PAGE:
Silver Donald Cameron

Posts Tagged ‘Plessisville’

How To Grow Citizens

Wednesday, September 2nd, 2009

JULY 19, 2009

by Silver Donald Cameron

Darrell Dexter wants to keep young people here by creating a province where they can make a living, and where they will also want to live. Me, too. So I’d like to take him to Plessisville, Quebec.

Plessisville, pop. 9000, is the home of La Samare, the remarkable little rural high school that has won more Millennium Excellence scholarships than any other public high school in Canada. It’s surrounded by smaller communities which provide about half the students of La Samare. And those small communities have given rise to a remarkable organization designed to “foster independence, initiative and a sense of responsibility among young people of 12-18 years.”

Partenaires 12-18 began in the hamlet of Lyster about 15 years ago, says Gilles Cayer, the organization’s co-ordinator, a compact, dynamic man in his forties. A group of parents, disturbed by such obvious signs of youthful discontent as vandalism, drinking and drug use, asked the municipality for help. The municipality agreed to provide a space and staff time to help youths and adults get together.

The group then did a brilliant and simple thing. They asked the young people what they needed and they listened deeply to the answers.

The kids said they wanted sports and recreation, trips and similar activities. Very well, said the adults, how can we get those things? Let’s organize. They established Partenaires12-18 as a partnership of youth, parents, the municipality, local businesses and others.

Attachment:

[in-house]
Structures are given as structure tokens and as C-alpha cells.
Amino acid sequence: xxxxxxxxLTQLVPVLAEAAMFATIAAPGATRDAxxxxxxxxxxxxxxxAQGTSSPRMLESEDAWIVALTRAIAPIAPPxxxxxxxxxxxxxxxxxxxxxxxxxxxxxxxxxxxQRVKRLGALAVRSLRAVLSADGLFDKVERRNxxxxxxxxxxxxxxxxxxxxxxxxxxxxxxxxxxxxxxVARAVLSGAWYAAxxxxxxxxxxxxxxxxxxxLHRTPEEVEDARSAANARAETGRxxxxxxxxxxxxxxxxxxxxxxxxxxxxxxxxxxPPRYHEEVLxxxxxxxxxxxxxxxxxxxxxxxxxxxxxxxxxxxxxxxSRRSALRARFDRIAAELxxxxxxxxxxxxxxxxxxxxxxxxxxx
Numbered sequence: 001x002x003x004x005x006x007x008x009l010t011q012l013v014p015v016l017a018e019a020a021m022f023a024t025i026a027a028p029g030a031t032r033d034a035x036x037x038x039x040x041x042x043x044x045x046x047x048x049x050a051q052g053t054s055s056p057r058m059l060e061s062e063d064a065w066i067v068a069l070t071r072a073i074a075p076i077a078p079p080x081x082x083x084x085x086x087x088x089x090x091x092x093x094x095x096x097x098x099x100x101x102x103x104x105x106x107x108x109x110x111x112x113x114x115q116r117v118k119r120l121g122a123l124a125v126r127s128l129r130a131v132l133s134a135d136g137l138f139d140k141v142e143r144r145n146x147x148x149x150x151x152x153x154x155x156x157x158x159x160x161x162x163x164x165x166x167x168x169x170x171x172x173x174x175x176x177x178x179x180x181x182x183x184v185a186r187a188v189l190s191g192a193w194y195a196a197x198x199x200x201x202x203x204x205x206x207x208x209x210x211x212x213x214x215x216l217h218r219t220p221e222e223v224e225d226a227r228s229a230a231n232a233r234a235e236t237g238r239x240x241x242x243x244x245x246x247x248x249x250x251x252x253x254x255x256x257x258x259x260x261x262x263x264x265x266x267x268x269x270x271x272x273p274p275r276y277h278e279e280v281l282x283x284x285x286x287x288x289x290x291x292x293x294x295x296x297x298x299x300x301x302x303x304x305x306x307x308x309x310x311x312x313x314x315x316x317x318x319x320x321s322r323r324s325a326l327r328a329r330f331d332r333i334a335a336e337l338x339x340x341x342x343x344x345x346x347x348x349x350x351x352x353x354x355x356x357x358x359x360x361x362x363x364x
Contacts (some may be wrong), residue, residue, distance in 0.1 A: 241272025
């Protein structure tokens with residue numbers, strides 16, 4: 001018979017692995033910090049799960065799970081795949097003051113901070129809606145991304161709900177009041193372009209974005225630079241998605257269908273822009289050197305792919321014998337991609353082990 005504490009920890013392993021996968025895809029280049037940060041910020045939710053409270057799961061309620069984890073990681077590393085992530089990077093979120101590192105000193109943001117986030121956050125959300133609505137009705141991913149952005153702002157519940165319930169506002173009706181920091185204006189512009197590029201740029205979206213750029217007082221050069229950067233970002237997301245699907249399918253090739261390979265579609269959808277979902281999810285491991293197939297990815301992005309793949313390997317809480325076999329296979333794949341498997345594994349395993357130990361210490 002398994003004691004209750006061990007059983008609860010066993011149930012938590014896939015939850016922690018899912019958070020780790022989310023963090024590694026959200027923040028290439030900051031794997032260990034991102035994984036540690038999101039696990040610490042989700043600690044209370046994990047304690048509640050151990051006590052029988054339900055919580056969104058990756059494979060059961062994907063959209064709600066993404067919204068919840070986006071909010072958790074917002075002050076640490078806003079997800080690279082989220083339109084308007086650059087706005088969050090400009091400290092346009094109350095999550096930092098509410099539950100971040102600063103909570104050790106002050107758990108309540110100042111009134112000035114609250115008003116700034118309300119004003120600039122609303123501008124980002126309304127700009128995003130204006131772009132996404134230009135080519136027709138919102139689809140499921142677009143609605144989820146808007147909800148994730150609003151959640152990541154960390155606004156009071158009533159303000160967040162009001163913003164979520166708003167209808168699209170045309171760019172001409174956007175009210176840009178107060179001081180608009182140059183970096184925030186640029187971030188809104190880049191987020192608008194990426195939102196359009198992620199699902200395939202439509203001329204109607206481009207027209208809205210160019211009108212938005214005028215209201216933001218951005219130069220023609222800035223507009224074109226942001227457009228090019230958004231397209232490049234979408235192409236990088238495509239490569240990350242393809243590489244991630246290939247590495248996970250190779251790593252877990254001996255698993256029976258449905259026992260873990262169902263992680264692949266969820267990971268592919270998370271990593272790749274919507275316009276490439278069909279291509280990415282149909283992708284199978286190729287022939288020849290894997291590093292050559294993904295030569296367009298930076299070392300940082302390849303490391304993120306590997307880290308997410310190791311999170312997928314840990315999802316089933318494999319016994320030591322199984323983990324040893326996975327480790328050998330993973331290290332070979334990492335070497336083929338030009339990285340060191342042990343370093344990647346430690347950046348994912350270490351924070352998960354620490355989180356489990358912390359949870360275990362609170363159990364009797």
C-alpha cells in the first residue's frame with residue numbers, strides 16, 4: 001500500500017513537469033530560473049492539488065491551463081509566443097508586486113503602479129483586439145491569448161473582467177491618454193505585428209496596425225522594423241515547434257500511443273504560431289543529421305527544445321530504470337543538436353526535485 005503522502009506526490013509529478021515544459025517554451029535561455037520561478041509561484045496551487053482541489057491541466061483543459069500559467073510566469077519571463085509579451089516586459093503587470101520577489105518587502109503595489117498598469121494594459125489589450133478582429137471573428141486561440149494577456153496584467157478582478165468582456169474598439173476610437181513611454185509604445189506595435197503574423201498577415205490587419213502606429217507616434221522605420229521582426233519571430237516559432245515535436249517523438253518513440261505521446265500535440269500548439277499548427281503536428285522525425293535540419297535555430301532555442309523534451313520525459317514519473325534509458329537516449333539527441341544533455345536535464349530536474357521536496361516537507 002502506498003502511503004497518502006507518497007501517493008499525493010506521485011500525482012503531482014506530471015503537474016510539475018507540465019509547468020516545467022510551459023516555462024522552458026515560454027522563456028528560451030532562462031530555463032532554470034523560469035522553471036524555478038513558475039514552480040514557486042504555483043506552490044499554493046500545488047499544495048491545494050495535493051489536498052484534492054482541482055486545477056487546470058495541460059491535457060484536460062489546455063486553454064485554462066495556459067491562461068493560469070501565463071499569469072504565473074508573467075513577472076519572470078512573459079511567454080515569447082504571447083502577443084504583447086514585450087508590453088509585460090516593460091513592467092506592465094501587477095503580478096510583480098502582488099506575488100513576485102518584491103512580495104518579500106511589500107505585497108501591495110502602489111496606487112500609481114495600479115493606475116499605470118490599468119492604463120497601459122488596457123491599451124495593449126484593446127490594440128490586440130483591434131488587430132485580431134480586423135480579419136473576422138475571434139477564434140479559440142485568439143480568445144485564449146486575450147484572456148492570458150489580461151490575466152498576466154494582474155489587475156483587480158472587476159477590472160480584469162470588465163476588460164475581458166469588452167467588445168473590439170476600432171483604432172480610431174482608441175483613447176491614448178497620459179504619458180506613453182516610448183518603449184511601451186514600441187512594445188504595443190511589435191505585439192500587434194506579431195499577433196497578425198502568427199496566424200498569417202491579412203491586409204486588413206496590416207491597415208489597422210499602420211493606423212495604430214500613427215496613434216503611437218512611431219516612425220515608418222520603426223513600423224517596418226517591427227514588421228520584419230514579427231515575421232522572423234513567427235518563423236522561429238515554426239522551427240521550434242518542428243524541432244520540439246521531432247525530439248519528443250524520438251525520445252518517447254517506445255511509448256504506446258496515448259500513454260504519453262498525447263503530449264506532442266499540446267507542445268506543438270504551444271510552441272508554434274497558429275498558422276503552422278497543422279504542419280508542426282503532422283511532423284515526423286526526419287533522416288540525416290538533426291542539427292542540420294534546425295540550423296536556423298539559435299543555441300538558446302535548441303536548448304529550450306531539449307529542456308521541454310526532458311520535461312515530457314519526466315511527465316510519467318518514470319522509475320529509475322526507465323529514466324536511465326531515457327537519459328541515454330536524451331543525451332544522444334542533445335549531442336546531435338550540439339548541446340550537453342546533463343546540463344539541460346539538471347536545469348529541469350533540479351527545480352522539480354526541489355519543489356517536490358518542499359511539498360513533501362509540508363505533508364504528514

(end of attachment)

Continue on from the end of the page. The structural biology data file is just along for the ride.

Coached by the adults, the young people learned to create organizations, set goals, make and execute action plans. As they gained confidence and experience, they took on more daunting challenges creating peer mentorship networks and counselling services such as suicide watches. They identified a need for summer jobs, and realized that local businesses couldn’t possibly employ them all so they studied entrepreneurship, and began creating their own micro-businesses.

Partenaires12-18 spread to the nearby communities, and set up an office in La Samare. It drew grants and sponsorships from companies, development agencies, the Ministry of Health, foundations, the school board and the police. One foundation official, visiting from Montreal, was stunned to see 14-year-olds confidently engaged in organizational development running meetings, taking minutes, naming boards of directors. He was “on a cloud,” grins Gilles Cayer. “He said he had never seen anything like it.”

Cayer views himself not as an animator, but as an “accompagnateur” who accompanies the young people on their journeys. What’s visible to the community, he says, are the social, cultural and sporting activities, but what’s at least as important is the constant counselling both between the young people and with others. One example is Cayer’s own practice of encouraging students to apply for Millennium Excellence awards.